Table of Contents
CROP PRODUCTION AND MANAGEMENT
- All living organisms require food.
- Plants can make their food themselves whereas animals including humans cannot make their own food.
- Humans get their food from plants, or animals, or both.
- In order to provide food for a large population we need to adopt certain agricultural practices.
Evolution of Crop Production or Agriculture
Till 10,000 B.C.E. people were nomadic, wandering in groups from place to place in search of food and shelter, eating raw fruits and vegetables and hunting animals for food. Later, they started cultivating land and produced rice, wheat and other food crops.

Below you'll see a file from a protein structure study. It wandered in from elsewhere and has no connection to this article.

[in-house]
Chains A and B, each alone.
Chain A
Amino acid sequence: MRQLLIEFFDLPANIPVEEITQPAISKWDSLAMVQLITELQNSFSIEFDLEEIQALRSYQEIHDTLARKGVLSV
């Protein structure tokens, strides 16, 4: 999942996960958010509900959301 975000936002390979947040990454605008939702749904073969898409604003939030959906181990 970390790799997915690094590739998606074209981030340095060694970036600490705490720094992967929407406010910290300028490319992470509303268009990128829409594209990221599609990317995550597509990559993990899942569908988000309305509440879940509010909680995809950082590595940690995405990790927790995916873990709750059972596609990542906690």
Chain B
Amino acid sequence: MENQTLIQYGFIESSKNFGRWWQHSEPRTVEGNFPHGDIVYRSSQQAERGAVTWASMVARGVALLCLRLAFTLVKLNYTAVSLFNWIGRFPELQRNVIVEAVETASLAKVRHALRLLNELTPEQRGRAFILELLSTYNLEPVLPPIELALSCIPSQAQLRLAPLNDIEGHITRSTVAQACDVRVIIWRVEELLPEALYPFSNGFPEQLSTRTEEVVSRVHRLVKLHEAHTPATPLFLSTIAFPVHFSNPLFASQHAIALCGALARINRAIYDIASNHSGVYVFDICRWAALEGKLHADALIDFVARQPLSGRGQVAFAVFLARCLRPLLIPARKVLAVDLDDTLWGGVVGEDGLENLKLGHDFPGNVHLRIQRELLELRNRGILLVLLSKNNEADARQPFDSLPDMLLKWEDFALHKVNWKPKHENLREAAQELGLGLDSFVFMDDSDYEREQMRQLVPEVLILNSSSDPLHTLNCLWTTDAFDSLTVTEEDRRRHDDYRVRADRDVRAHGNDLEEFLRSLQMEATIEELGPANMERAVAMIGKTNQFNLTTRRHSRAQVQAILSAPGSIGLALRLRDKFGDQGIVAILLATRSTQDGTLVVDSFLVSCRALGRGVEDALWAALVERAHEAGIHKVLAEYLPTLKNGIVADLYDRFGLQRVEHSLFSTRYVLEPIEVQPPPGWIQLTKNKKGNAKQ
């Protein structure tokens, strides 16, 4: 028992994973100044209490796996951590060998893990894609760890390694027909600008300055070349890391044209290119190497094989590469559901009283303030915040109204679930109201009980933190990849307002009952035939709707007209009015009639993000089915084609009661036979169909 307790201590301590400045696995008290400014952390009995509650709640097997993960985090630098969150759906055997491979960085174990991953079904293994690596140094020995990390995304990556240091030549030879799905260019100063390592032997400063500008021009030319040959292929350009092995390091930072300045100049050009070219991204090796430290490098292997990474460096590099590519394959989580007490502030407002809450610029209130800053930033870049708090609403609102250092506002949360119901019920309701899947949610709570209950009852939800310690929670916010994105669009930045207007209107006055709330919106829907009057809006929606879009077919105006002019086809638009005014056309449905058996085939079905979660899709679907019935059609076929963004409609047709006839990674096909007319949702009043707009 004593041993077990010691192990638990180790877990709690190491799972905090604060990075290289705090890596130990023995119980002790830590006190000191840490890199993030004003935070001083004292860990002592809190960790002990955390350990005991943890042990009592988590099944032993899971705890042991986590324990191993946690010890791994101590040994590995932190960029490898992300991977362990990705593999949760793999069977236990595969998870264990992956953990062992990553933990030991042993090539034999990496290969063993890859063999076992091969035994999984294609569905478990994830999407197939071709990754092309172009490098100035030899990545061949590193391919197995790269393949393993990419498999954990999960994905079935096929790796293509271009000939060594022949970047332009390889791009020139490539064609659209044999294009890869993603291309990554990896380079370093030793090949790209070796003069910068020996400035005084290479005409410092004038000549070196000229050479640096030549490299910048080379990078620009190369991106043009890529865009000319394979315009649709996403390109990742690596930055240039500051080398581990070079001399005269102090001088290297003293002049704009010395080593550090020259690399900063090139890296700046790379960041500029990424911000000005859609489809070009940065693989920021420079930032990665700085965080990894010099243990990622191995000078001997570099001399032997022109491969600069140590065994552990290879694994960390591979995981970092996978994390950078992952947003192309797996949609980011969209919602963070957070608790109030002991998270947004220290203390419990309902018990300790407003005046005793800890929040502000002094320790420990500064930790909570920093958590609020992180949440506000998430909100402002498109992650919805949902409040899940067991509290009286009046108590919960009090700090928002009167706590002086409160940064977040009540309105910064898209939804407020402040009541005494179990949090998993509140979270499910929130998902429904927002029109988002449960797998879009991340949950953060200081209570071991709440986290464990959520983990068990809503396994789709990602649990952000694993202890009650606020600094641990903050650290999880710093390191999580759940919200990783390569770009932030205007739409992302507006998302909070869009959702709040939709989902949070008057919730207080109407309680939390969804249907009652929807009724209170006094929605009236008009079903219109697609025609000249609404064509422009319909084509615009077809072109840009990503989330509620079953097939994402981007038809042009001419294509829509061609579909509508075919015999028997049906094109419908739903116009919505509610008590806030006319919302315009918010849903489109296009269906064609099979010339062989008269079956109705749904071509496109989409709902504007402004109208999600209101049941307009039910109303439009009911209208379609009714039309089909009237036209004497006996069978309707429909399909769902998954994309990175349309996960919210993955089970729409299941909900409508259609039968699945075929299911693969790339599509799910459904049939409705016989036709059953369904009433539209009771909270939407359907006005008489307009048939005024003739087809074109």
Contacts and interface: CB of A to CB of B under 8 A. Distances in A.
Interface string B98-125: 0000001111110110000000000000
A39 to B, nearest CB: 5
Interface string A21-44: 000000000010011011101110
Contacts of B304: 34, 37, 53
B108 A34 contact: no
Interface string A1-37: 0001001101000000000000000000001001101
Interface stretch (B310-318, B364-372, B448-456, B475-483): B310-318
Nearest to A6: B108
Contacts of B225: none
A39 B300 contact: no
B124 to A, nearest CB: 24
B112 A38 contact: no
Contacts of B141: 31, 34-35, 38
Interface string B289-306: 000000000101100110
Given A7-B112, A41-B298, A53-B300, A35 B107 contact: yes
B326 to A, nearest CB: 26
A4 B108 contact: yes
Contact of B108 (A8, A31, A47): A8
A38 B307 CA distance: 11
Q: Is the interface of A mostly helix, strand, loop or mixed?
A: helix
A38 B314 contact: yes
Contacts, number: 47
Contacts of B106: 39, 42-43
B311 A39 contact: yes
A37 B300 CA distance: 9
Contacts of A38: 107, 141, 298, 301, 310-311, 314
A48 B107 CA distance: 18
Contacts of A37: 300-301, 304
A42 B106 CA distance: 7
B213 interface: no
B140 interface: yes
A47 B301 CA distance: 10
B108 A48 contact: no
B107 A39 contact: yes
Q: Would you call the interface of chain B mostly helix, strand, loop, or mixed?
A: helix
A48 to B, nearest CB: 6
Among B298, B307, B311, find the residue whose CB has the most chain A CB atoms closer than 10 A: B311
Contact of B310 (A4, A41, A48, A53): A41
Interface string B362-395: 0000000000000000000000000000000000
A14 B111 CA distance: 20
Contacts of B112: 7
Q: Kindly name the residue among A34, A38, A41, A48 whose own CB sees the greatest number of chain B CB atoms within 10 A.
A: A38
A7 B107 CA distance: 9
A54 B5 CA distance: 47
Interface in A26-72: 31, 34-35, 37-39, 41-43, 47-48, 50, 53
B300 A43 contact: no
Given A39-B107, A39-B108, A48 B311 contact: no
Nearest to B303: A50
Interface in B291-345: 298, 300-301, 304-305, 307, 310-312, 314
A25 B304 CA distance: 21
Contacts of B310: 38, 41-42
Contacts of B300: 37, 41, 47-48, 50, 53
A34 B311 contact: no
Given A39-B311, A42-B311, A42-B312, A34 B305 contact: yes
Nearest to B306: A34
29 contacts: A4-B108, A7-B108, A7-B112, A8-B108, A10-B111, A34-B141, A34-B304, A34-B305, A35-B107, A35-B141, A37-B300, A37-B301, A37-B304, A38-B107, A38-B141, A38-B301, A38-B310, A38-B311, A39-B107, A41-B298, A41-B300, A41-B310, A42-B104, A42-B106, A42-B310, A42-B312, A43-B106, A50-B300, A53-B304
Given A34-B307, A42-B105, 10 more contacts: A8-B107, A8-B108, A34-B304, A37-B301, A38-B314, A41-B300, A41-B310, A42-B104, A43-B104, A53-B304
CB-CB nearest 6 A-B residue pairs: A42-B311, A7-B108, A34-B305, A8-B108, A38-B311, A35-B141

What is a crop?
Plants of the same kind that are cultivated at one place on a large scale is called a crop.
Ex: A Wheat Crop – here all the plants grown in a field are wheat.
Crops (cereals, vegetables and fruits)are classified on the basis of the season in which they grow into:
Basic Practices of Crop Production or agricultural practices
Preparation of Soil
- The preparation of soil is the first step before growing a crop.
- It involves turning and loosening the soil as a result of which the nutrient-rich soil comes to the top. It also helps the roots to penetrate deep into the soil.
- The loosened soil helps in the growth of earthworms and microbes present in the soil.
- The process of loosening and turning of the soil is called tilling or ploughing.
- This is done by using a plough which are made of wood or iron.
- The ploughed field may have big clumps of soil called crumbs.
- In order to get better yield, it is necessary to break these soil clumps.